Cycle and walkers path gets new website

The Churn Valley safer cycle and walkers route, which runs between Stratton and North Cerney, has been a talking point for residents this year.

Paul (right) with members of the Churn Valley cycle group at the start of the route in Bowling Green Lane

The route uses the existing bridlepath starting at Bowling Green Lane, Cirencester and running via Baunton and Perrotts Brook to North Cerney and is suitable for horses too.

Cllr Paul Hodgkinson chairs the group which has been bringing the path up to the correct standard. The group has now produced a website to show residents a map of the route along with updates on progress. The group was set up in 2008 and has made great progress in updating the bridlepath.

The website is at: http://churnvalley.blogspot.com/

Paul says, “A lot of people are interested in this – I’m always being asked where the route is and what progress is being made. The public meeting we held in North Cerney to tell people what we were doing in March attracted 60 people.”

“Our next aim is to extend the route from North Cerney to Rendcomb and we are at the moment talking to the Wills estate at Rendcomb and the County Council’s rights of way officer to see how existing footpaths can be used.”

Christmas waste collections announced

Cotswold District Council has announced its arrangements for waste collections over the Christmas and New Year period.

NO AREAS OF THE CHURN VALLEY WILL SEE A CHANGE IN COLLECTION DAYS OVER THE CHRISTMAS PERIOD.

As in previous years the Council will be operating a side waste amnesty for all household’s first full collection after Christmas Day. This will allow residents to present additional amounts of non-recyclable waste in bin liners next to their grey wheeled bin/beige refuse bags – everything will be collected.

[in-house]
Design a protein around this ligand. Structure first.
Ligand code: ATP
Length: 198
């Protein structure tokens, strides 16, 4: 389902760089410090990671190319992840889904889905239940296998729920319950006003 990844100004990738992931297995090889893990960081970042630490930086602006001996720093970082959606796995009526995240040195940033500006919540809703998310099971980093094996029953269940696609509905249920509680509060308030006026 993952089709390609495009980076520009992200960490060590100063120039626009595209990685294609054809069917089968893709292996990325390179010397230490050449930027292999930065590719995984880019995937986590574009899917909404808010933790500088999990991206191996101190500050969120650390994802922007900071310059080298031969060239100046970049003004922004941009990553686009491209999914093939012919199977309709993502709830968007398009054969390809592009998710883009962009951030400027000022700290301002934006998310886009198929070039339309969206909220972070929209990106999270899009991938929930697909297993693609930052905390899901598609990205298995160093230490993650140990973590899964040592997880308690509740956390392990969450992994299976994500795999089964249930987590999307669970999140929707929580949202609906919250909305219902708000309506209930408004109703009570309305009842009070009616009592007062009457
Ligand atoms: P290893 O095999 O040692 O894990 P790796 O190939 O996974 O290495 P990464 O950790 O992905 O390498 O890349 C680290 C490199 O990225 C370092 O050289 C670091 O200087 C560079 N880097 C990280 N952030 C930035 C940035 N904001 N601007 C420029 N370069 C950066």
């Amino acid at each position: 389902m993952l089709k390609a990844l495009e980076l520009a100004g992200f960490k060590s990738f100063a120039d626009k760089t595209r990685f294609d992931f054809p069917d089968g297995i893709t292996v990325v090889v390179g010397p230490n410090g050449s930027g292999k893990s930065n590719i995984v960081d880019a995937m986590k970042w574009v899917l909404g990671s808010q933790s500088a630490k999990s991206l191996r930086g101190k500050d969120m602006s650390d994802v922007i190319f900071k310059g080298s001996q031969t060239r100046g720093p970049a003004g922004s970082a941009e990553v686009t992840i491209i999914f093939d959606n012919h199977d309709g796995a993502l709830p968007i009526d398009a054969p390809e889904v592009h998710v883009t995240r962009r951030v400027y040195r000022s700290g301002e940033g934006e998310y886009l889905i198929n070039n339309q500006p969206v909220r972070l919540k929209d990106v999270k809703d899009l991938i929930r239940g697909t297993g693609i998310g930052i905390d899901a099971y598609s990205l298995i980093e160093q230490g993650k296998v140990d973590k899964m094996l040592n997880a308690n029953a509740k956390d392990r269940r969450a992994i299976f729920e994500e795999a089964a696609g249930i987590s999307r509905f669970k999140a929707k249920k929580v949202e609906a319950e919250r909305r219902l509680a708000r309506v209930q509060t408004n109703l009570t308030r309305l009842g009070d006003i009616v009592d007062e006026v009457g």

Leckhampton Hill Road Safety Campaigners help with cut-backs

Local road safety campaign group S.A.F.E.R. (Salterley Action Force to Enhance our Roads) today worked with Gloucestershire County Council Highways Department to set up a real example of the ‘Big Community’ by bringing together a volunteer work force to cut back the excess foliage on the sharp bends in the 3/377 Leckhampton Hill road (formerly B4070) between Hartley Lane and Salterley Grange, in order to improve road-users’ visibility.

Paul (2nd right) with Ullenwood residents and Star College employees - all of whom gave their time to make the road safer for drivers.

In recent years, these bends saw numerous serious accidents, but thanks to a concerted effort by S.A.F.E.R., a number of key measures implemented by GCC Highways and a raised media profile in the Gloucestershire Echo, the last 12 months have seen a dramatic improvement.

Now, with the support of GCC Highways, the campaigners set to work to cut back the overhanging shrubbery, branches and dense undergrowth to give improved visibility across the bend and along the road from the Hartley lane junction in order that drivers can be more aware of on-coming traffic and take extra care.

“We are really pleased that the number of incidents has reduced so significantly over the last 12 months, – but we must strive to keep it that way” said Duncan McGaw, Coberley Parish Councillor and S.A.F.E.R. member. “And as we move into the winter months, we must remind drivers of the need for raised awareness and extra caution. We believe better lines-of-sight are key factors to a safer driving environment”. “S.A.F.E.R. volunteers can provide the labour to get the job done with Highways providing health and safety guidance as well as the necessary traffic management signage. A great co-operative effort!”